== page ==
Transfer of ADSC exosome NFIC to HUEVC promotes the expression of miR-204-3p. A and B The representative micrograph of round-shaped vesicles by TEM. B Concentration and size distribution of exosomes was examined using NTA. C CD81 and CD63 protein levels in ADSC and ADSC-exo were assessed using western blot assay. D Overexpression or knockdown efficiency of NFIC in ADSCs was determined by western blot assay. E NFIC protein level was measured in ADSC-exo with pcDNA, pcDNA-NFIC, si-NC, or si-NFIC using western blot assay. (F–H) HUVECs were incubated with PBS, ADSC-exo, ADSC-exopcDNA, ADSC-exopcDNA−NFIC, ADSC-exosi−NC, or ADSC-exosi−NFIC. F Western blot analysis of NFIC protein level in HUVECs. G miR-204-3p expression was detected using RT-qPCR in HUVECs. H HIPK2 protein level was measured using western blot assay in HUVECs. *P < 0.05

Exosomes from NFIC-silencing ADSCs facilitated HG-mediated HUVEC proliferation, migration, and angiogenesis by regulating miR-204-3p

Subsequently, we further explored whether the impacts of ADSC-exosi−NFIC on HG-HUVEC behaviors were mediated by miR-204-3p/HIPK2. First of all, RT-qPCR assay showed that the introduction of miR-204-3p might partially abrogate the inhibition of ADSC-exosi−NFIC on miR-204-3p level in HG-treated HUVECs (Fig. 6A). In parallel, ADSC-exosi−NFIC might distinctly reinforce the protein level of HIPK2 in HG-exposed HUVECs, which was reversed by miR-204-3p upregulation (Fig. 6B). Functionally, decreased cell proliferation (Fig. 6C, D) and elevated cell apoptosis rate (Fig. 6E) due to ADSC-exosi−NFIC in HG-mediated HUVECs were significantly ameliorated via miR-204-3p overexpression. Apart from that, wound healing assay verified that ADSC-exosi−NFIC might apparently repress cell migration ability in HG-treated HUVECs, whereas this phenomenon was relieved after the introduction of miR-204-3p (Fig. 6F). Meanwhile, the suppression of ADSC-exosi−NFIC on HUVEC tube formation ability under HG conditions was partly mitigated via miR-204-3p overexpression (Fig. 6G). All of these results illuminated that the regulatory role of exosomes from NFIC-deficiency ADSCs on HG-caused HUVEC proliferation, migration, and angiogenesis was regulated by miR-204-3p.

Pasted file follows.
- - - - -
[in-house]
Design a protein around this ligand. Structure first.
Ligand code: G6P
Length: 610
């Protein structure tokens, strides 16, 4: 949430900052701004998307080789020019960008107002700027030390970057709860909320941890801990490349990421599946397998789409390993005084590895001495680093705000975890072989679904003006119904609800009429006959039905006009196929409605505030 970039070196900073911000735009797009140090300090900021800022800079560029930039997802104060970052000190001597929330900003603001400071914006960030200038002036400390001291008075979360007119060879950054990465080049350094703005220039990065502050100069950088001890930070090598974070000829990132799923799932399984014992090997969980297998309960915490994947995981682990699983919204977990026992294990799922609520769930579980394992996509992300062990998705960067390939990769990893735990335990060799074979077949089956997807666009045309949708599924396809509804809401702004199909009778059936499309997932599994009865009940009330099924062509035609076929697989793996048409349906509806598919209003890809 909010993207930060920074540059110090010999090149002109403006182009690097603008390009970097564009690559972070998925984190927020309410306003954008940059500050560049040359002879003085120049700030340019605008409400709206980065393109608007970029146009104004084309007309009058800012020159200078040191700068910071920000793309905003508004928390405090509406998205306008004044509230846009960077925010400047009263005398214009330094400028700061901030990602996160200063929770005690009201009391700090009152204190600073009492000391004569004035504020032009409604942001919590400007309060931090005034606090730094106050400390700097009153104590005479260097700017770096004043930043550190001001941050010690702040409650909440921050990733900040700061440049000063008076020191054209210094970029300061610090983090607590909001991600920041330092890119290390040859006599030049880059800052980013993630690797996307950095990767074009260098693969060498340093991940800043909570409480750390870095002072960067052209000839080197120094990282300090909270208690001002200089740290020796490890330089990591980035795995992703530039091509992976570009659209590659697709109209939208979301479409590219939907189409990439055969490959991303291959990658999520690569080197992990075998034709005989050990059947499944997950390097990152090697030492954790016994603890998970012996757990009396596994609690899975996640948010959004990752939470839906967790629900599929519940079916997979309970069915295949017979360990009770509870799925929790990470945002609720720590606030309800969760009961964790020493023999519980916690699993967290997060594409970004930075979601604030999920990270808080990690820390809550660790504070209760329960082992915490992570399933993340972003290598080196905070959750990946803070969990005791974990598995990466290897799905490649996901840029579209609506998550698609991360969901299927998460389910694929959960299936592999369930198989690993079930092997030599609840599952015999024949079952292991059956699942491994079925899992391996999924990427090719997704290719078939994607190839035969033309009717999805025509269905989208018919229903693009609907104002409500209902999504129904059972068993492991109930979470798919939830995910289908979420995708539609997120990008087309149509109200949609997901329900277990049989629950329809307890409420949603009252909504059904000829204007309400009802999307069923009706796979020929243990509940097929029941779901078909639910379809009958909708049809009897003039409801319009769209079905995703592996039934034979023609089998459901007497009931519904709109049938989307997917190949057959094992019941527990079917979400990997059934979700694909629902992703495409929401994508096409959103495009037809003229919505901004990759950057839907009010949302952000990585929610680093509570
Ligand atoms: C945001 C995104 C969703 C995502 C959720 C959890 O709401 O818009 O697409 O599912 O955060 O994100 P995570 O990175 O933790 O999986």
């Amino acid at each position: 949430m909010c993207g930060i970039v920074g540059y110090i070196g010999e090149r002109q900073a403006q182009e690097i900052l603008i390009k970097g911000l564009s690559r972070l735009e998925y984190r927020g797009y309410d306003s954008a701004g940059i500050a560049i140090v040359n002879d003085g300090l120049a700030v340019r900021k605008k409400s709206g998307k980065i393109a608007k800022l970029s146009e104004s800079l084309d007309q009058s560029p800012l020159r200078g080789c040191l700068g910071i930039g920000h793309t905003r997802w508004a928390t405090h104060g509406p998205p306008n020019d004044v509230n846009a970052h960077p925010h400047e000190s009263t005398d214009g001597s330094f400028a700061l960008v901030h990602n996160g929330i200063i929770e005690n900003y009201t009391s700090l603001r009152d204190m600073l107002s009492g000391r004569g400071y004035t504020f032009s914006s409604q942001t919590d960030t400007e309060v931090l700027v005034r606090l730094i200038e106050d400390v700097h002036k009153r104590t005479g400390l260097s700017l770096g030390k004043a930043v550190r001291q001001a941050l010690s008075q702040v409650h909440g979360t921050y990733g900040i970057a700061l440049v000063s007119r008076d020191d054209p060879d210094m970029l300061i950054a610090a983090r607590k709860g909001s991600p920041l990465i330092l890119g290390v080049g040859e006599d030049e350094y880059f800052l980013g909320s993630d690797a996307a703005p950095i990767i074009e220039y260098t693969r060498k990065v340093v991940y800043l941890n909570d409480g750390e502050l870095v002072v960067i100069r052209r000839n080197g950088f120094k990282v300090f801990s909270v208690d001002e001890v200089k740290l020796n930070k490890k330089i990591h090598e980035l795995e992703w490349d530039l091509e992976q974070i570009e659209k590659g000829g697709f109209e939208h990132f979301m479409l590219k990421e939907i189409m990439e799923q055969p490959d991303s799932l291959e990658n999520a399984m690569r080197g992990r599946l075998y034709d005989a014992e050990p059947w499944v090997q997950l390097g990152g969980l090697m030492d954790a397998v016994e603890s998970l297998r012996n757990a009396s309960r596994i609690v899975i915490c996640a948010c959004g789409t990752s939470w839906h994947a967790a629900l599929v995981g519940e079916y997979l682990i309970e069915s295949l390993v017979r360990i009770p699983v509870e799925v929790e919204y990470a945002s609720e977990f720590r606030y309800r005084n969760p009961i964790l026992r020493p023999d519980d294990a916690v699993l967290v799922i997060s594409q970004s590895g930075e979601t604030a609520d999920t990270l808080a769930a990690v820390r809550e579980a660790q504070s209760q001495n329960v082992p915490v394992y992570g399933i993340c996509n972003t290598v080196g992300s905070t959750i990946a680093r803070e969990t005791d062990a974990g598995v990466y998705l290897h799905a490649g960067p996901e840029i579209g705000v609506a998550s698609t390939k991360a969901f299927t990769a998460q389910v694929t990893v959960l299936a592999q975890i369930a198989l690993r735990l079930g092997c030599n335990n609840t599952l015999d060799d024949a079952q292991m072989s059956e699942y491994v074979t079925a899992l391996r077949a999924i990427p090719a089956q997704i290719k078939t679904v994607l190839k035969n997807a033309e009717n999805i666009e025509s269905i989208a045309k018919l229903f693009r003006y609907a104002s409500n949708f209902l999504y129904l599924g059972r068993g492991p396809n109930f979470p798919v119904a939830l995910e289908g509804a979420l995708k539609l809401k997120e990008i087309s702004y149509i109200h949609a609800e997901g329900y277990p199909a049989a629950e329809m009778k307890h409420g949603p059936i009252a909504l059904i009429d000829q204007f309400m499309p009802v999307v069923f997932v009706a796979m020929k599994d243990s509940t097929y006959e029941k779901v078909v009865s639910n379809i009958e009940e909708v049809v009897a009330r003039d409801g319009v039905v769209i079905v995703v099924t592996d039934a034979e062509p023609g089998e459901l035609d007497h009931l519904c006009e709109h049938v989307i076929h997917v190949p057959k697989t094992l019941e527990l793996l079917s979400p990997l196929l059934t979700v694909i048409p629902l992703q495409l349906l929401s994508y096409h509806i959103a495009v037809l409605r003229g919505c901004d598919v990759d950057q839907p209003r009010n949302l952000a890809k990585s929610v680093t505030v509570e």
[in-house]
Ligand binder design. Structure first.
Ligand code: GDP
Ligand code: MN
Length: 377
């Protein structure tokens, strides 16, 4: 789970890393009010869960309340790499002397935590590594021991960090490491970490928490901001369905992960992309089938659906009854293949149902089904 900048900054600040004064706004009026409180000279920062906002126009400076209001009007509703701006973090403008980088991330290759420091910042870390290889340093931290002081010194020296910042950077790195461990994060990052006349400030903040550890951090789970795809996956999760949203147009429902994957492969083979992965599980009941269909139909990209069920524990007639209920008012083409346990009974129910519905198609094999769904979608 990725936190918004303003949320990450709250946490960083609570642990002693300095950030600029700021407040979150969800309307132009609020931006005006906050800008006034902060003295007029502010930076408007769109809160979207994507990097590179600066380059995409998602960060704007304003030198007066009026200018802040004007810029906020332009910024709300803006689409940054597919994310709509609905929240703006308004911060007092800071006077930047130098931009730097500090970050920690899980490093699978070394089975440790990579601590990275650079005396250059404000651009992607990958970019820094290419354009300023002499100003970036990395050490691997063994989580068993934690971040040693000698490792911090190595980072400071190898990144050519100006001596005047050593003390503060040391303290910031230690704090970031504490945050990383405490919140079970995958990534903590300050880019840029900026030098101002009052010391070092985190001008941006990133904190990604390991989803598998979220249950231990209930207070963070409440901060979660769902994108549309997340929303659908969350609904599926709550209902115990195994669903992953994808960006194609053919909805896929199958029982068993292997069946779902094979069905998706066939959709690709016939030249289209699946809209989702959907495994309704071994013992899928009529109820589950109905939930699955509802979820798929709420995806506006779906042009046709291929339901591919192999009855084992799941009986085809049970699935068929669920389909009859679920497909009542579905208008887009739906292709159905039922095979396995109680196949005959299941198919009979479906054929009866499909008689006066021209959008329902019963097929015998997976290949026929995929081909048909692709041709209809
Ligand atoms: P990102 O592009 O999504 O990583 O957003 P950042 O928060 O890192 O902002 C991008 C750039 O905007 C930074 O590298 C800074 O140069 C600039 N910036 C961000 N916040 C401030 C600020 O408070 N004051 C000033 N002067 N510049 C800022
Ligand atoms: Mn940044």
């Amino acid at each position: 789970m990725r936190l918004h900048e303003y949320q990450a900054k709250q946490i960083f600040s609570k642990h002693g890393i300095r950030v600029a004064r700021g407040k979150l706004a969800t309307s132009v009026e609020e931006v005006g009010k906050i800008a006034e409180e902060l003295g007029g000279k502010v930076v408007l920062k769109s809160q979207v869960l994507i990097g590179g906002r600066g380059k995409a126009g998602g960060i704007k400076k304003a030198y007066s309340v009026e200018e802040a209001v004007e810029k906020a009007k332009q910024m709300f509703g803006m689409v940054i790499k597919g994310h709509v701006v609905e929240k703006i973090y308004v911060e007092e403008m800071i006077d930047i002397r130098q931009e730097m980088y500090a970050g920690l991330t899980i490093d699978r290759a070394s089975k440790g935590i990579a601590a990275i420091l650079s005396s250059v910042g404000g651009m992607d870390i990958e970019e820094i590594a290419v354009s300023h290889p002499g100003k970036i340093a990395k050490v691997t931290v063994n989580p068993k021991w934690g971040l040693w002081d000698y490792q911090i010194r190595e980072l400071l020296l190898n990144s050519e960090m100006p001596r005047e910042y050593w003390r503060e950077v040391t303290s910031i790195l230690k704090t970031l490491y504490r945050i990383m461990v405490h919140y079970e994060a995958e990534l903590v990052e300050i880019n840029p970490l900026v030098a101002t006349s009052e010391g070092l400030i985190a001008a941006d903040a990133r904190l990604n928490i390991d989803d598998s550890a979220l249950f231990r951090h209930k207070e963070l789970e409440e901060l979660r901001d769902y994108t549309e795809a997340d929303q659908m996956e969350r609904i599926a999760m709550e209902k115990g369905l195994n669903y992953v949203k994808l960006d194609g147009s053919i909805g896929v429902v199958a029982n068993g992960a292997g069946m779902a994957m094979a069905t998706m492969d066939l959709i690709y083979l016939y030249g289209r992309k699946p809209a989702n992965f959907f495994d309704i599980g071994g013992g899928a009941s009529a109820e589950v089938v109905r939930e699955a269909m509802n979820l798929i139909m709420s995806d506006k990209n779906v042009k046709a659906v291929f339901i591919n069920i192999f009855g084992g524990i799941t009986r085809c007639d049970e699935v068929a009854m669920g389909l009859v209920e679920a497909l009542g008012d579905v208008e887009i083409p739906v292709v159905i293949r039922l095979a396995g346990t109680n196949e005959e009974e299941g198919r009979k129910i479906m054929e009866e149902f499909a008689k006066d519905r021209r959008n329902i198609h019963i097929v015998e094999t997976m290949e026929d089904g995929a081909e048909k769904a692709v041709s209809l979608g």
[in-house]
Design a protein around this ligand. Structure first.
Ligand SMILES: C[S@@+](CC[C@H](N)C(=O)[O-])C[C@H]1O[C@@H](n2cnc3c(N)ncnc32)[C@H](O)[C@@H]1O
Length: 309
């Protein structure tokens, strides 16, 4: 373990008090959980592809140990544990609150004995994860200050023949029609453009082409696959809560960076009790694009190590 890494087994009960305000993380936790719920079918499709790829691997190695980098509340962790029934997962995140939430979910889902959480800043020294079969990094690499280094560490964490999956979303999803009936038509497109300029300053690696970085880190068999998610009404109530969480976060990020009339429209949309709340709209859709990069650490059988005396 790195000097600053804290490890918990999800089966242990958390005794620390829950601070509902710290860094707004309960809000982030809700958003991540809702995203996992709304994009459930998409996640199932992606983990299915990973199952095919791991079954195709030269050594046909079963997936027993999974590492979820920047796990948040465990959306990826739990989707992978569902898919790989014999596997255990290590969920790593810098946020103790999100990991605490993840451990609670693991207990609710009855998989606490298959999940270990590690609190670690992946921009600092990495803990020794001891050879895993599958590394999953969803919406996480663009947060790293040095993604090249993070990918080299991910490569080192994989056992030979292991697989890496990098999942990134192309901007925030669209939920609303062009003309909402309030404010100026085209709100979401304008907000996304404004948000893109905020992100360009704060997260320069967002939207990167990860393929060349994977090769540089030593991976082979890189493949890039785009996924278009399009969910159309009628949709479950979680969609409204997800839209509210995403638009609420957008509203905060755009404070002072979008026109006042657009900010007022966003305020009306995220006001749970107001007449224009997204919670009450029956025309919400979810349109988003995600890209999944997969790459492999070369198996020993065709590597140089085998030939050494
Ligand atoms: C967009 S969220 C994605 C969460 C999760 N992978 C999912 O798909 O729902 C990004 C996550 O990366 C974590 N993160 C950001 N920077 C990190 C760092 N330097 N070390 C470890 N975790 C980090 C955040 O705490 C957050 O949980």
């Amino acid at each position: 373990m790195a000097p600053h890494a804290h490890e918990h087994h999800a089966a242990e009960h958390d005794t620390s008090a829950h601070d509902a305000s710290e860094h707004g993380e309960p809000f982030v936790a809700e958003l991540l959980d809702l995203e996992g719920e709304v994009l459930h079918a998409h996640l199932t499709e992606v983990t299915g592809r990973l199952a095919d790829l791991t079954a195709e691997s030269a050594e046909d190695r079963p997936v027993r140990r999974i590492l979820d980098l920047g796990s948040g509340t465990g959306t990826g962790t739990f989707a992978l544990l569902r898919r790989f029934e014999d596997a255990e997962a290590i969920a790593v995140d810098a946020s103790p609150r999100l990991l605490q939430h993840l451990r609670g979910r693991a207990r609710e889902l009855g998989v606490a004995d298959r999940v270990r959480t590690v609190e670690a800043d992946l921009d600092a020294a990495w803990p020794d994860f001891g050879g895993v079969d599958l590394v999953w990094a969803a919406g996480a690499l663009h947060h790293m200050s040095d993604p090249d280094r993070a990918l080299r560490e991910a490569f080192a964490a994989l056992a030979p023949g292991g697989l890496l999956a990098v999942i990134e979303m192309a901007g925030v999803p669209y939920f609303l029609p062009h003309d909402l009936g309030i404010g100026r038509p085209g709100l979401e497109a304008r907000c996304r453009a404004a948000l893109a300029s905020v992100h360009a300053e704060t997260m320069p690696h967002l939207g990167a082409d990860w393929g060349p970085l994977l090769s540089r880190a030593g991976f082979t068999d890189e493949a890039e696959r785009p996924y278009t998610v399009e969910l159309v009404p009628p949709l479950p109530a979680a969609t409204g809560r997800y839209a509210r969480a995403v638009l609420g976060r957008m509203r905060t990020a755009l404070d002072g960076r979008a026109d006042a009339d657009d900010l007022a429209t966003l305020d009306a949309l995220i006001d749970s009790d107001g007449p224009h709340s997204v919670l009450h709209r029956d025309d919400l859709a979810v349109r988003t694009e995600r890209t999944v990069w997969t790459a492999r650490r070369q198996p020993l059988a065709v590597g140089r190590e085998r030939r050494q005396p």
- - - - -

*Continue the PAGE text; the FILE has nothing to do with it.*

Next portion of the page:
Fig. 6
figure 6

ADSC-exo si-NFIC expedited HG-mediated HUVEC proliferation, migration, and angiogenesis by regulating miR-204-3p. HUVECs were incubated with PBS, ADSC-exo, ADSC-exosi−NC, ADSC-exosi−NFIC, ADSC-exosi−NFIC + miR-NC, or ADSC-exosi−NFIC + miR-204-3p, followed by HG treatment. A RT-qPCR analysis of miR-204-3p expression in treated HUVECs. B Western blot analysis of HIPK2 protein level in HUVECs. C and D CCK-8 and EdU analysis of HUVEC proliferative ability. E Flow cytometry analysis of HUVEC apoptosis rate. F Wound healing analysis of HUVEC migration rate. G Tube formation analysis of HUVEC tube formation ability. *P < 0.05

Discussion

As one of the most common serious diabetic complications, DFU has been responsible for the majority of leg amputations in diabetic individuals [44]. At present, the common etiopathogenesis of DFU is ascribed to the dysfunctions of the neural systems and the impairment of blood vessels [3, 45]. Nowadays, some reports have shown that the failure of wound healing in DFU sufferers is closely associated with abnormal alterations in a variety of biological processes, particularly impaired angiogenesis [46, 47]. Nevertheless, the underlying molecular pathogenic mechanism remains elusive. The current research fundamentally demonstrated a new mechanism by which NFIC-exosome loaded into the ADSC sheet that might promote miR-204-3p expression to repress HIPK2 level and modulate HG-induced HUVEC proliferation, migration, and angiogenesis, thereby affecting DFU healing.

Here, our data verified that a wound healing-related miRNA, miR-204-3p, was poorly expressed in DFU patients. It has been widely accepted that DFU is more difficult to heal than non-diabetic chronic skin wounds, and that hyperglycemia is a significant adverse factor. Hence, in conjunction with our data, it is reasonable to assume that hyperglycemia might have a detrimental impact on DFU via altering miR-204-3p expression. Furthermore, earlier literature displayed that miR-204-3p might exert a protective role in HG-triggered keratinocyte apoptosis and dysfunction via reducing KLF6 content [34]. Angiogenesis is essential for promoting wound repair via allowing oxygen and nutrients to arrive at the wound sites [48]. Endothelial cell dysfunction, a critical driver of damaged DFU healing, is strongly related to impaired angiogenesis [49, 50]. In this paper, our data identified that miR-204-3p content was decreased in HUVECs under HG environment, and its upregulation might partially weaken HG-aroused HUVEC proliferation, migration, and angiogenesis repression in vitro. In general, miRNAs are capable of modulating physiological and pathological processes via repressing target mRNAs [51]. Here, based on bioinformatics prediction and a series of experiments, HIPK2 was deemed as a downstream target of miR-204-3p. Recent studies unveiled that HG condition played a vital influencing factor in modulating HIPK2 content. For instance, it is found that HIPK2 level was improved in HG-treated mouse glomerular mesangial cells in a diabetic nephropathy research [52]. Apart from that, HIPK2 silencing might overturn HG-hindered HUVEC migration and angiogenesis [35]. Consistent with these reports, our data displayed that HIPK2 content was clearly enhanced in DFU subjects and HG-mediated HUVECs. Functionally, elevated HIPK2 might abolish the repression of miR-204-3p on HG-triggered HUVEC dysfunction in vitro. From the above findings, it is concluded that miR-204-3p has a protective effect on HG-induced HUVEC functional impair via directly targeting HIPK2.